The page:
Although he is not given a distinct name, Gulliver is distinguished from the other Yahoos through his master’s reference to him as “a perfect Yahoo”(41)[4].

 

 

The sorrel nag protects Gulliver from the Yahoos
The sorrel nag protecting Gulliver from Yahoos10

Gulliver Domesticated

In spending time with the Houyhnhnms, Gulliver is domesticated. He knows not to use his claws against the Houyhnhnms and to relieve himself outside due to “my teachableness, civility, and cleanliness” (34). He is therefore wholly dependent upon the Houyhnhnms’ protection from the Yahoos and is accompanied by a protector whenever he is let out to roam “being one day abroad with my protector the sorrel nag” (122)[4].

 

[1] Grier, Katherine C. Pets in America: A History. University of North Carolina Press, 2006, 8.

[2] Brandes, Stanley. “Dear Rin Tin Tin: An Analysis of William Safire’s Dog-Naming Survey from 1985.” Names, vol. 60, no. 1, 2012, pp. 3–14.

[3] Berquin, Arnaud M. Caesar and Pompey. The Children's Friend, Volume 2, J. Stockdale, 1788, 139–142. Eighteenth Century Collections Online.

[4] Johnathan Swift. Travels into Several Remote Nations of the World. In Four Parts. Vol. 2, Benj. Motte, at the Middle Temple-Gate in Fleet-Street, 1726. Eighteenth Century Collections Online.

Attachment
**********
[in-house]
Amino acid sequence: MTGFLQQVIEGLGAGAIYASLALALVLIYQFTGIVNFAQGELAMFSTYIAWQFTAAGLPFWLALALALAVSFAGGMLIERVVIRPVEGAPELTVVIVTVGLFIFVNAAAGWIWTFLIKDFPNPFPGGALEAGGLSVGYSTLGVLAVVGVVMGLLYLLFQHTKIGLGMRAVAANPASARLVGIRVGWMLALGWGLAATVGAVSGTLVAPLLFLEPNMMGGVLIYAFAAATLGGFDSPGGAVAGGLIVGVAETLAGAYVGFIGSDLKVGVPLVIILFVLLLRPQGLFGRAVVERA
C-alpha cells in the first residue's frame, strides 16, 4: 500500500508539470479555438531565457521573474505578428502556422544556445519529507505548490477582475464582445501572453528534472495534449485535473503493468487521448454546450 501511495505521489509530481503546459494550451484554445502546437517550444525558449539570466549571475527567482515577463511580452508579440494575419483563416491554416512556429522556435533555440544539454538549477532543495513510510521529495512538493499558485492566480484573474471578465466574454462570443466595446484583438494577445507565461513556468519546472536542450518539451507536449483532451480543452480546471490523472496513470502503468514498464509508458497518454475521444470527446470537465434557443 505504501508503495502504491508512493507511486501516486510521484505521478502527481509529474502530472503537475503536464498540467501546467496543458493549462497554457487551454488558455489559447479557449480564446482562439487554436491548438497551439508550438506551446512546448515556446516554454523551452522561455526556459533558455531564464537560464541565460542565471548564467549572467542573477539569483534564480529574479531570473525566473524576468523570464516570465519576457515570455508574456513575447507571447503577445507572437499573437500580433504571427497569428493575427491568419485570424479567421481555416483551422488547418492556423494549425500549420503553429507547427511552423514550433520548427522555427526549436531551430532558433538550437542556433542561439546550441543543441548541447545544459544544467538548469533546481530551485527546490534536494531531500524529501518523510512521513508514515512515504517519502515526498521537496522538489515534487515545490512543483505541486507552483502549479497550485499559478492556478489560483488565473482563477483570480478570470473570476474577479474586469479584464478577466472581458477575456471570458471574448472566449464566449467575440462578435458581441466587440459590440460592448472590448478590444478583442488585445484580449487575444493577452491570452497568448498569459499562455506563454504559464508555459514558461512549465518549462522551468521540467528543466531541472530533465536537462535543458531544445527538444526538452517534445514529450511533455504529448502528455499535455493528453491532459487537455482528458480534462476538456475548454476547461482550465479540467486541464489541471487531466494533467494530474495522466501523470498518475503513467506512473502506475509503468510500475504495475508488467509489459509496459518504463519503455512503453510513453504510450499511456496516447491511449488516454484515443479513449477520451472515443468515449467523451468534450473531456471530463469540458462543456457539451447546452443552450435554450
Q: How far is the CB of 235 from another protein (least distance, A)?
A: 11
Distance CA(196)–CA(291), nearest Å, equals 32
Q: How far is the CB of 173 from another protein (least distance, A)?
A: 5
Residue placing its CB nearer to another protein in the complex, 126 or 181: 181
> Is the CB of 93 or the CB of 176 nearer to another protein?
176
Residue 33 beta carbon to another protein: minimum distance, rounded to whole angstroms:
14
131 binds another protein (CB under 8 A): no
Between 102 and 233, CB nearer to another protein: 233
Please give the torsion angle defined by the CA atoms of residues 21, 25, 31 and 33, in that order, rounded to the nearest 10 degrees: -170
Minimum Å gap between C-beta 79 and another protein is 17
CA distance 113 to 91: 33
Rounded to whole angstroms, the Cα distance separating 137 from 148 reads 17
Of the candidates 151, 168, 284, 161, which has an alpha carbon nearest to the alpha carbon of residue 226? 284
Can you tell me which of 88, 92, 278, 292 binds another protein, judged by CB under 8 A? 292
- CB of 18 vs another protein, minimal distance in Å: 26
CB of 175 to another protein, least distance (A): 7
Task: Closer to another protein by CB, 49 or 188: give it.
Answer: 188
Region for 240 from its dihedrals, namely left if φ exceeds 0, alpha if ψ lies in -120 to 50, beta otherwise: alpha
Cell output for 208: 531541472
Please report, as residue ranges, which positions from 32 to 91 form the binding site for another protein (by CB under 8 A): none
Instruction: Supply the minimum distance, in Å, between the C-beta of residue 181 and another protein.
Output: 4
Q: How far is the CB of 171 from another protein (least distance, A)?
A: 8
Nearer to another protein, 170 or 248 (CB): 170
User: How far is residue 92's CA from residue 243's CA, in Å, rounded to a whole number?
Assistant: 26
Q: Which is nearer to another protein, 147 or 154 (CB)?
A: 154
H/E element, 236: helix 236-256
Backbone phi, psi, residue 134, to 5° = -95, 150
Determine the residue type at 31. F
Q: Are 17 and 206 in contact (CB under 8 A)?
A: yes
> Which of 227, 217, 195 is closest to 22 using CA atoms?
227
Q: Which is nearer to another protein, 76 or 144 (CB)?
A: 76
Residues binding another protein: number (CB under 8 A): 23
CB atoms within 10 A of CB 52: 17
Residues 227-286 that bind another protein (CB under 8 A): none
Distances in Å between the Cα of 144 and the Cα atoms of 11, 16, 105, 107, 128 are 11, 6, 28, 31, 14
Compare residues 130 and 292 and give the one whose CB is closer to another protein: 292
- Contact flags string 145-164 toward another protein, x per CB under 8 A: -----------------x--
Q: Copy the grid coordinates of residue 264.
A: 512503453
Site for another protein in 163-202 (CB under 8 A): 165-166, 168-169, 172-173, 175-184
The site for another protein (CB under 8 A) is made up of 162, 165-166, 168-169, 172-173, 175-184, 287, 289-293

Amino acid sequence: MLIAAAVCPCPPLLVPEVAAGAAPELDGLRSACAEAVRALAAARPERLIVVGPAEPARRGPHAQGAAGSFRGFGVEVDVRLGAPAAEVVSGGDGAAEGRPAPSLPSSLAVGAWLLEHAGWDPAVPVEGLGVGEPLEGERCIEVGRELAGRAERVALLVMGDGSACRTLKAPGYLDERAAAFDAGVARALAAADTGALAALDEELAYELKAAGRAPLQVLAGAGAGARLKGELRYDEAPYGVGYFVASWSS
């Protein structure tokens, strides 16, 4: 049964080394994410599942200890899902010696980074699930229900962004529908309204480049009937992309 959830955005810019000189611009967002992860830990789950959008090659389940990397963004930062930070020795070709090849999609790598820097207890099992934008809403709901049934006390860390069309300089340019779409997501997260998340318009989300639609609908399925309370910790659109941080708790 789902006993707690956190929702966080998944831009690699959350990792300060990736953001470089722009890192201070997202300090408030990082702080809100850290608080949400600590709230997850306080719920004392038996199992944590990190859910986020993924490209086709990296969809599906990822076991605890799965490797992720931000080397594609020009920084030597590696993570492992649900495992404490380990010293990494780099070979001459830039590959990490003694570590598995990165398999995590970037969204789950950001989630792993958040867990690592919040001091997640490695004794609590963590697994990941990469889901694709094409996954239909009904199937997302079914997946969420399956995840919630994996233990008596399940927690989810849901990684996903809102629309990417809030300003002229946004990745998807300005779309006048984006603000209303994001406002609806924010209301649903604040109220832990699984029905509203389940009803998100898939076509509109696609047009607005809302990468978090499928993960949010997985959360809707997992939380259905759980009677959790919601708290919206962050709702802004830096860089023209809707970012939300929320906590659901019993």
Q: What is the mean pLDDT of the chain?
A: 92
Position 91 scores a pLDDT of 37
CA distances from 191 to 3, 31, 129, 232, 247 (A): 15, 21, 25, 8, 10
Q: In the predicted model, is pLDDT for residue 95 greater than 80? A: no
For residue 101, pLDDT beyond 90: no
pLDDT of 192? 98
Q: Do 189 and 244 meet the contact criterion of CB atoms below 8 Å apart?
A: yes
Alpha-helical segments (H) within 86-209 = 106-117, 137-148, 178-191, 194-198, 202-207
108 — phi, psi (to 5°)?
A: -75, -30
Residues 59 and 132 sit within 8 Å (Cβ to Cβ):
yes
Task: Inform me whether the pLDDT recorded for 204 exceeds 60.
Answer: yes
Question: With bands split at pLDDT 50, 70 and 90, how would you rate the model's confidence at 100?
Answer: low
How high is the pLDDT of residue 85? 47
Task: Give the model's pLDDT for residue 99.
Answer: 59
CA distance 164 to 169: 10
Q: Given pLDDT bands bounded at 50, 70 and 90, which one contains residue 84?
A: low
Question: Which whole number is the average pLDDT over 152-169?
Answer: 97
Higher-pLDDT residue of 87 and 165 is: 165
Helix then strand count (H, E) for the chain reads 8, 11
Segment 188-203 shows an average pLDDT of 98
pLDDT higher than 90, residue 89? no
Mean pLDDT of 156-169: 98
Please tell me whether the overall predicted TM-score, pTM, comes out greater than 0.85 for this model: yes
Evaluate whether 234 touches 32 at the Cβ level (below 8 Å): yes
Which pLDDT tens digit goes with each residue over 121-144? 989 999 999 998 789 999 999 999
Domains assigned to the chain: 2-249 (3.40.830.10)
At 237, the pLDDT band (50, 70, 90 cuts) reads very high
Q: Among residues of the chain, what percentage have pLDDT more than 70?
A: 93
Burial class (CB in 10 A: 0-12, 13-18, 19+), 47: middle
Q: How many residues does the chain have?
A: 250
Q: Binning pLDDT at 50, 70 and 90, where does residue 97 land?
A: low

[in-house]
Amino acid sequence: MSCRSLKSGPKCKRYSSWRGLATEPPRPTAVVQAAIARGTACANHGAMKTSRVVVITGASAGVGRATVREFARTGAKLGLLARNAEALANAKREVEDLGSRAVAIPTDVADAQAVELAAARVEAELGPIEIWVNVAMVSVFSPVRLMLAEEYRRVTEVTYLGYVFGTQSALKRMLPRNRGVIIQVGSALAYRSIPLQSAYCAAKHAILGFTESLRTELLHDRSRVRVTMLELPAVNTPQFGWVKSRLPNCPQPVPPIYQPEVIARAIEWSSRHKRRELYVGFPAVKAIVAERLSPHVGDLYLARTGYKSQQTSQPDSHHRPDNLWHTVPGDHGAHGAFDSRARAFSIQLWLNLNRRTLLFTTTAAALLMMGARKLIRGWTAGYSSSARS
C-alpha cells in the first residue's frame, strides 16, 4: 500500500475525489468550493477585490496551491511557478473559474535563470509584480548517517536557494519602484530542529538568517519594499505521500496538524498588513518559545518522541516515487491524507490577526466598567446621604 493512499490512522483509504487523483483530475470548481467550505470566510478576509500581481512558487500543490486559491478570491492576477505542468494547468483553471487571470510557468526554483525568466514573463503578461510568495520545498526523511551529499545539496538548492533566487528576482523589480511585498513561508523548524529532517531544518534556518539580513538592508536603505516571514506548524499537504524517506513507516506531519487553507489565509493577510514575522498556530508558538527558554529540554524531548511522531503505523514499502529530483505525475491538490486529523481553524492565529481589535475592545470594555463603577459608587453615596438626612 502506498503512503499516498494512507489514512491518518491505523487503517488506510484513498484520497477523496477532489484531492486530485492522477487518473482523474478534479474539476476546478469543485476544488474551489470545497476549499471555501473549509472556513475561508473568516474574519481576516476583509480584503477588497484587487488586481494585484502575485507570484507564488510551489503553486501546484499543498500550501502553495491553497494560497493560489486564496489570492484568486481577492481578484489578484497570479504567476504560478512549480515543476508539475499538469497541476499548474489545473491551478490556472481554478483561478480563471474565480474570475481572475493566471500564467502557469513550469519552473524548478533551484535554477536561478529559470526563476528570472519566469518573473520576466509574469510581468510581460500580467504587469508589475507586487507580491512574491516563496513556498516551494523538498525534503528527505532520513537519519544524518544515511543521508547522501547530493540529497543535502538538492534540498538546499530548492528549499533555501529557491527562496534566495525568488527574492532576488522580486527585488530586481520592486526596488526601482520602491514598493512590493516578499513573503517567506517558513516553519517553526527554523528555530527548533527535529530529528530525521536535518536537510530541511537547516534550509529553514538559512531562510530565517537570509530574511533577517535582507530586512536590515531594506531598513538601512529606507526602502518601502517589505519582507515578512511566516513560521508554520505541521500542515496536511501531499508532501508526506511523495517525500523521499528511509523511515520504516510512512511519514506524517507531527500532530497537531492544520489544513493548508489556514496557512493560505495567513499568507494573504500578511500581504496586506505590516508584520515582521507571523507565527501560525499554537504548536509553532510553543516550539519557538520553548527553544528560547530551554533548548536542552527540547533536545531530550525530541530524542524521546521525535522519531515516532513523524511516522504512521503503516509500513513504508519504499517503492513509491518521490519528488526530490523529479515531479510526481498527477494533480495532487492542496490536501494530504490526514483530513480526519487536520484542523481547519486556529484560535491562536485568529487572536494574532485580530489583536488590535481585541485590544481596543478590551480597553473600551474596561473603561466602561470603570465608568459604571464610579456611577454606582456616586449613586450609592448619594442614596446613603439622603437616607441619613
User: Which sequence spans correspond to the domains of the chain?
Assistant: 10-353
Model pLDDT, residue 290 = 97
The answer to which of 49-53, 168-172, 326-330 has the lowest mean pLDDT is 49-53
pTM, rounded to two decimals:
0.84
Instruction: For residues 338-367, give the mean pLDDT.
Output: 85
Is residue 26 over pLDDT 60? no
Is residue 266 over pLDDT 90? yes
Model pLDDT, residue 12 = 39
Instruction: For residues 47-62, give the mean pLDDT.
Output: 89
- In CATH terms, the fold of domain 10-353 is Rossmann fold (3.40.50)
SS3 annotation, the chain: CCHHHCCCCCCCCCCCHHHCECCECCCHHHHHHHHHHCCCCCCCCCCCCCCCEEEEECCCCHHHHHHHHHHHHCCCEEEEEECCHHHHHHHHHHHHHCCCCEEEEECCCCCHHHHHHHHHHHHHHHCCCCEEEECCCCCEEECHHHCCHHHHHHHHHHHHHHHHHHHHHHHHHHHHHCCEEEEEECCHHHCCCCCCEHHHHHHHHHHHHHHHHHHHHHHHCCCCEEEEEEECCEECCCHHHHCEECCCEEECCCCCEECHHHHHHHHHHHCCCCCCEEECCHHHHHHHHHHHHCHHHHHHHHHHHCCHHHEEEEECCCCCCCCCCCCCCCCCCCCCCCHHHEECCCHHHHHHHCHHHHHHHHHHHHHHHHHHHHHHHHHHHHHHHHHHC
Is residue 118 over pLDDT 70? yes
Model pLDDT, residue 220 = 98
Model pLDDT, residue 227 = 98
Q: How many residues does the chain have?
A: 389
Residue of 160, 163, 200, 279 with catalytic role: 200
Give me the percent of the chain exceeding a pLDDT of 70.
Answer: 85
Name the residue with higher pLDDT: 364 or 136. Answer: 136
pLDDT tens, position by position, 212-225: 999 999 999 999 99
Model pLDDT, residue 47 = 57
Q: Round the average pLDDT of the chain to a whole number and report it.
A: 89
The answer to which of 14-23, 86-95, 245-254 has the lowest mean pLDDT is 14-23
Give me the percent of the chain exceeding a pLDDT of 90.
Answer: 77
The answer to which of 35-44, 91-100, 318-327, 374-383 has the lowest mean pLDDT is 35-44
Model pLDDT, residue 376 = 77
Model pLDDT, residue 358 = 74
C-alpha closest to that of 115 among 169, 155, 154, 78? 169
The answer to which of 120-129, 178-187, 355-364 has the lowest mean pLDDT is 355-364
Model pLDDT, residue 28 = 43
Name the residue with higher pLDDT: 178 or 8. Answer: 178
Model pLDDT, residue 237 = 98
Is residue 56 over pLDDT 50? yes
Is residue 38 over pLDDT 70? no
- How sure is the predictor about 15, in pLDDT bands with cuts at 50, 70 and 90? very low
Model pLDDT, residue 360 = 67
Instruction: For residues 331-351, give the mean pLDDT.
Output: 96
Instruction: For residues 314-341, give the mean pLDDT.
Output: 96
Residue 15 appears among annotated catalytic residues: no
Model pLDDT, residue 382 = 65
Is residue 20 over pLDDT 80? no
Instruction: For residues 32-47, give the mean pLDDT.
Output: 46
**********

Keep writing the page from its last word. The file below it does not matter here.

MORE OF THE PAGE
Image Credits

1Tookapic. “Woman with Husky.” Pexels, 17 Jan. 2016, www.pexels.com/photo/woman-girl-animal-dog-40064/.

2Elf Talk. “Quick Release Buckle Collar.” Wikimedia Commons, Dec. 2004, commons.wikimedia.org/wiki/File:QuickCollarNeck_wb.jpg.

3“ Caesar and Pompey.” Eighteenth Century Collections Online, British Library, find.galegroup.com.dist.lib.usu.edu/ecco/infomark.do?&source=gale&prodId=ECCO&userGroupName=utahstate&tabID=T001&docId=CW3312013598&type=multipage&contentSet=ECCOArticles&version=1.0&docLevel=FASCIMILE>.

4Swift, Dean. Illustration from Gulliver's travels into several remote regions of the world.1800-1899. BOOK COLL 10 L5-127. Book Collections. Utah State University Special Collections and Archives, Logan, Utah.

5Grandville, Jean Jacques. “Gulliver in His Lodgings .” Wikimedia Commons, 14 May 2017, commons.wikimedia.org/wiki/File:Podr%C3%B3%C5%BCe_Gulliwera_T._2_str_179.png.

6“Yahoos at Work under the Supervision of a Houyhnhnm.” Flickr, Gwydion M. Williams, 18 May 2017.

7Browne, Gordon. “Yahoos Pulling Houyhnhnms' Sled.” Flickr, British Library, 28 Nov. 2013, www.flickr.com/photos/britishlibrary/11096930943/in/photolist-i7QbJo-hUvd84-hKZPVH-hKYGo2-hKZNwF-hKYF86-hUhnes-ict4DJ-hKZ4Ro-hUAjUP-hKZFxv-hXAszm-hXyq2G-hKZSA2-hUE5GL-hUCC7R-hSW8Uq-hKYY52-hKYZ6v-ibkUKR-hXuPgW-hUDCzK-hKYWy6-hUy8UY-hXwQuS-hUA3v6-hUyHia-hKZwgf-icrrqw-hKZWQK-icstkv-hKZgB7-hKYY2Y-hKYPoe-idMoJx-hUBr67-i6oPhk-hKZjuG-hKYG6P-hKYGqX-hKZ2md-hUBdTv-i8azB9-hUAEXz-hXuUwq-hUwRpM-hXuhdm-hKZEy6-hKZV8g-hKZxVN.

8 Swift, Dean. Illustration from Gulliver's travels into several remote regions of the world.1800-1899. BOOK COLL 10 L5-127. Book Collections. Utah State University Special Collections and Archives, Logan, Utah.

9“Gulliver Imitating the Gesture and Movement.” Flickr, British Library, 10 Dec. 2013, www.flickr.com/photos/britishlibrary/11305461685/.

10“The Sorrel Nag Protects Gulliver from the Yahoos.” Flickr, 5 May 2017, www.flickr.com/photos/45909111@N00/33979307794/.